Investigations on some electrochemical aspects of lithium-ion ionic liquid/gel polymer battery systems, страница 9

We have attempted to make full Li-ion battery with LiFePO4 as cathode and graphite as the anode, by using Py13(FSI)-0.7MLiFSI as the electrolyte to which we have added 5 wt.% of polymer. Before making the Li-ion-cell, the graphite anode was also evaluated separately in a half cell with the same electrolyte composition (IL+5 wt.% polymer). Figure 9 shows the cycling behavior at C/4 of the graphite anode. In the first few cycles, a small fading of

about 3% was noticed, and then the cell recovered with good reversible capacity stabilization at 342 mAh/g. Our choice for this amount of polymer is based on the safety aspect; the gel polymer cannot be well formed with lower than 5 wt.% of polymer in the IL-polymer mixture; hence, the desired electrode–gel interface aimed here can only be formed at polymer concentration of ≥5%. The cells have active surface area of 104 cm2 (Fig. 10) and an installed capacity of 38 mAh. The first cycles of charge–discharge at C/24 show an increase in the coulombic efficiency (CE) from 68.4% in the first cycle to 96.5% in the third cycle (Fig. 11). The low first CE in Li-ion cell is more related to the graphite anode which has in the first cycle only 80% CE. Thus, further improvements should be aimed at the graphite anode side. The reversible capacity was 113 mAh/g. After three cycles, the CE recovers to 96.5% but the battery still needs more cycles to be efficient. The power capability was evaluated for this IL-Li-ion battery based on the discharge capacity obtained at C/12. The charge was maintained at constant regime at C/6 and the discharge regime ranged from C/12 to 40 C. Stable capacity, independently of the discharge rates, was obtained below

             0,0                      0,1                       1,0                     10,0                   100,0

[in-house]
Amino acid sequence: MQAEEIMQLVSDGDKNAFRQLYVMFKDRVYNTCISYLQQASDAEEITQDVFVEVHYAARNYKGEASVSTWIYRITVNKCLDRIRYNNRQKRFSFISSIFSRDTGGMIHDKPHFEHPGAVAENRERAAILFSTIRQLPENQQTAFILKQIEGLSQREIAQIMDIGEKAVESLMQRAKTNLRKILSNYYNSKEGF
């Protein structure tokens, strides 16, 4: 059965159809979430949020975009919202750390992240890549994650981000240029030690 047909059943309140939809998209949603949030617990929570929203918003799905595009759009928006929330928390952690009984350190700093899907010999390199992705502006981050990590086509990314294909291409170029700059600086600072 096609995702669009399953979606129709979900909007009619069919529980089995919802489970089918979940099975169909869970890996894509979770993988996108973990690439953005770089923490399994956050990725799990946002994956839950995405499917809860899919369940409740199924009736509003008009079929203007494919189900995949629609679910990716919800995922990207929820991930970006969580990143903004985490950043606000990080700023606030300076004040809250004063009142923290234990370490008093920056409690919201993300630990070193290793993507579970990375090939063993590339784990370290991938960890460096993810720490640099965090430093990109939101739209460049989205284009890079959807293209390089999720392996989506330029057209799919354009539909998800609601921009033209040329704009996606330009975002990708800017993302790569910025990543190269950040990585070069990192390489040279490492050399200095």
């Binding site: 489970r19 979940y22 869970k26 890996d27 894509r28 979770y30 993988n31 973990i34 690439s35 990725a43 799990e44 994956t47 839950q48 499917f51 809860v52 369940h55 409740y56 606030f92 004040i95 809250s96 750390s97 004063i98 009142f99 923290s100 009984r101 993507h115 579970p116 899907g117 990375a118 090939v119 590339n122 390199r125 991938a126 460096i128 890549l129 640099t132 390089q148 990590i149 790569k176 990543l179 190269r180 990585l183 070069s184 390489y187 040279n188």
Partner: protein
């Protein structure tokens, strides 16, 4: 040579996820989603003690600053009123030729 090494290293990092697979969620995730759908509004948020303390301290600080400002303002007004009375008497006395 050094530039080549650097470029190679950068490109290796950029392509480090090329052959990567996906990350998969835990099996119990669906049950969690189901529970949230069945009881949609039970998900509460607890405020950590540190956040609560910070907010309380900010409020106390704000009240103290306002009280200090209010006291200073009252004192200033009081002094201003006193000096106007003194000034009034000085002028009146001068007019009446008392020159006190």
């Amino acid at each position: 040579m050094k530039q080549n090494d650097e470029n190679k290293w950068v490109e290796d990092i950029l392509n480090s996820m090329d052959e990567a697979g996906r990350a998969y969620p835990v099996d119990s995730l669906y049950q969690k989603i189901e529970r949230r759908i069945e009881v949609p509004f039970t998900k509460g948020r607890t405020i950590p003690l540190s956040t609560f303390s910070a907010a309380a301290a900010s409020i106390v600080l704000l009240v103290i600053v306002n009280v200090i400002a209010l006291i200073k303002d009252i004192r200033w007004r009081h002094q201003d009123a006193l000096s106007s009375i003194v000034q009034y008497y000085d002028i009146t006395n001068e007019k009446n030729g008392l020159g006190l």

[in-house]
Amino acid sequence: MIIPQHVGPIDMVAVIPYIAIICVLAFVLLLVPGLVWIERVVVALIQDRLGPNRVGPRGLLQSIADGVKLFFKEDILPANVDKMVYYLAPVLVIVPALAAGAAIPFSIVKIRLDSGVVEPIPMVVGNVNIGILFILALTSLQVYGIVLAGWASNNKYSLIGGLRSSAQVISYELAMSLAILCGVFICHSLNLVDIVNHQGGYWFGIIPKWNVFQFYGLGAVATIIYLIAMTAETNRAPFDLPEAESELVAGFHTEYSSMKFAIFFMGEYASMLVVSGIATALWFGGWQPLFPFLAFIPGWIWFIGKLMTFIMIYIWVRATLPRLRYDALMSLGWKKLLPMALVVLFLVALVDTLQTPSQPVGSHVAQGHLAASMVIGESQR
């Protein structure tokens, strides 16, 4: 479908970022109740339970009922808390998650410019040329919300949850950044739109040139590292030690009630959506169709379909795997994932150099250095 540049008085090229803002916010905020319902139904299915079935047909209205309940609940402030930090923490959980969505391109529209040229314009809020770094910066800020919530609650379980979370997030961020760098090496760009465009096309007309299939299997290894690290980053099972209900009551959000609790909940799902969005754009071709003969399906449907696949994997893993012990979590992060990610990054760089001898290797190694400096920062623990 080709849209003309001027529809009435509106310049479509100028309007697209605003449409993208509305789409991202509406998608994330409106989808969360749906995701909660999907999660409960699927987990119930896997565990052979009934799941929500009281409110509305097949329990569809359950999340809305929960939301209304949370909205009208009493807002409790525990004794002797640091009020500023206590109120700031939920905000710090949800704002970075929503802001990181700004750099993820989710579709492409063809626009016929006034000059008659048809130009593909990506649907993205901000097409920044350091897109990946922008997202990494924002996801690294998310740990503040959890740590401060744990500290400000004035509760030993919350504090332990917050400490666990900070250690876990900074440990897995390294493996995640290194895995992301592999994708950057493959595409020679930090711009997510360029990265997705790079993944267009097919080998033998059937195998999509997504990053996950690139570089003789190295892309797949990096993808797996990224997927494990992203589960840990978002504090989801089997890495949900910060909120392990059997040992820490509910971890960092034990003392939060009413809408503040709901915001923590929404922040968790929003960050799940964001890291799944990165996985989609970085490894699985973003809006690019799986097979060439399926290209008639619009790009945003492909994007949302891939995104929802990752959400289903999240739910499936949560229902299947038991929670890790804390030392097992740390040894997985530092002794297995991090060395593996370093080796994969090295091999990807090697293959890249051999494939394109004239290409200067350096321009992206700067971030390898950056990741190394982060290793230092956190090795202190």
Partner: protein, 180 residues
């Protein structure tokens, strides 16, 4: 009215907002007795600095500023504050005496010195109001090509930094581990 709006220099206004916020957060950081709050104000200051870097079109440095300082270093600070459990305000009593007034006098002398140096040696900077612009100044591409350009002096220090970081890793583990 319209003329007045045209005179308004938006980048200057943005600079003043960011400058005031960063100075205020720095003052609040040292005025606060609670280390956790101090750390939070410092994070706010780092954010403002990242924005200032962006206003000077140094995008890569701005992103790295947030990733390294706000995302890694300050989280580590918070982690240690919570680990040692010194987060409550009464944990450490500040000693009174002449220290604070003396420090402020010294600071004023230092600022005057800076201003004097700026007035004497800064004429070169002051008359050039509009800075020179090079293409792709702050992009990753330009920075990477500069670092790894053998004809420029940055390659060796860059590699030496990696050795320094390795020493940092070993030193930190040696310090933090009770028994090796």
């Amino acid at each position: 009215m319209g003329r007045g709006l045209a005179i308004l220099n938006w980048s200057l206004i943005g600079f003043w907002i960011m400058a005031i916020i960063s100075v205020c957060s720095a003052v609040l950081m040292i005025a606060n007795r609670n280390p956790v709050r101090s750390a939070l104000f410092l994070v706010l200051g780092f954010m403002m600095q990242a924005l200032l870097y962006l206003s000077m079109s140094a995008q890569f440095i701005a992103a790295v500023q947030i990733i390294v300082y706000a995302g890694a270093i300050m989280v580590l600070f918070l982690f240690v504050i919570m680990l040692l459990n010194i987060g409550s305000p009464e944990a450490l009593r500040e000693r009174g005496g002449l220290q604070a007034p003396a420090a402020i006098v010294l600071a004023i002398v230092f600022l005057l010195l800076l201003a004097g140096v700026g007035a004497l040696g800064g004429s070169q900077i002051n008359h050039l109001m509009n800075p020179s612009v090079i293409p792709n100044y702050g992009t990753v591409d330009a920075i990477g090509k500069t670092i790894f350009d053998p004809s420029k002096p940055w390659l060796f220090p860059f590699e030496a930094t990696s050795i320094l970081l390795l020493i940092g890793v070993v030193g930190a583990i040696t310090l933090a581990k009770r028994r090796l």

Rate (C)

Fig. 8 Rate capability of Li-graphite cell with [Py13(FSI)–0.7 M LiFSI+5% polymer]

            0                      10                     20                     30                    40

Cycle Number

Fig. 9 Cycling behavior of Li-graphite cell with [Py13(FSI)–0.7 M LiFSI+5% polymer]

Fig. 10 Li-ion flat aluminum bag cell with an active surface area of

104 cm2

and up to 2 C rate, as shown in Fig. 12. The capacity starts decreasing at rates above 2 C, with 54% of the rated capacity still delivered at 4 C. This limitation, as we have explained in the preceding paragraphs, arises from the high concentration of ions in IL, which induce a lower free pathway of ions in the media owing to ion pairing etc. [52, 53].

On the long cycling life, the cell was cycled at the C/4 rate between 4 V and 2 V. Figure 13 shows the behavior of the discharged capacity normalized to the initial discharged capacity as function of the cycle number. After 30 cycles, the capacity of the cell fades by 10%. This capacity fade, represented by 0.33% per cycle, is slightly higher than that in the Li-ion cell with standard electrolyte. Based on the cycling data of the separate half cells (Figs. 7 and 9) we cannot attribute this fading to any of the half cells; both

Fig. 12 Rate capability of Li-ion cell with [Py13(FSI)–0.7 M LiFSI+

5% polymer]

Fig. 11 The first charge/discharge cycles of Li-ion cell with [Py13           Fig. 13 Cycling behavior of Li-ion cell with [Py13(FSI)–0.7 M LiFSI+

(FSI)–0.7 M LiFSI+5% polymer]                                                           5% polymer]

electrodes separately have shown a good stability with Py13-FSI-polymer electrolyte. But when we assemble the full Li-ion cell, the source of lithium ions is limited, thus, the inefficiency of the graphite anode half cell (80%) consumes more lithium ion than standard electrolyte to form its SEI on the graphite anode. However, this SEI layer needs few cycles till it is fully stabilized. Hence, the balancing process between anode and cathode capacities in the IL media can be one of the problems causing capacity fading. The large active surface area of (104 cm2) of the electrodes raises a technological difficulty related to the wettability of the whole active material of both electrodes with IL-polymer electrolyte. Notwithstanding this fact, we demonstrate that a Li-ion battery having LiFePO4 and graphite as the cathode and anode, respectively, with an ionic liquid as the electrolyte is achievable. Some applications where the high power is not the requirement can benefit from this technology. However, many technical parameters such as the electrode porosity, the separator porosity and the wetting process should be further improved during further technical development.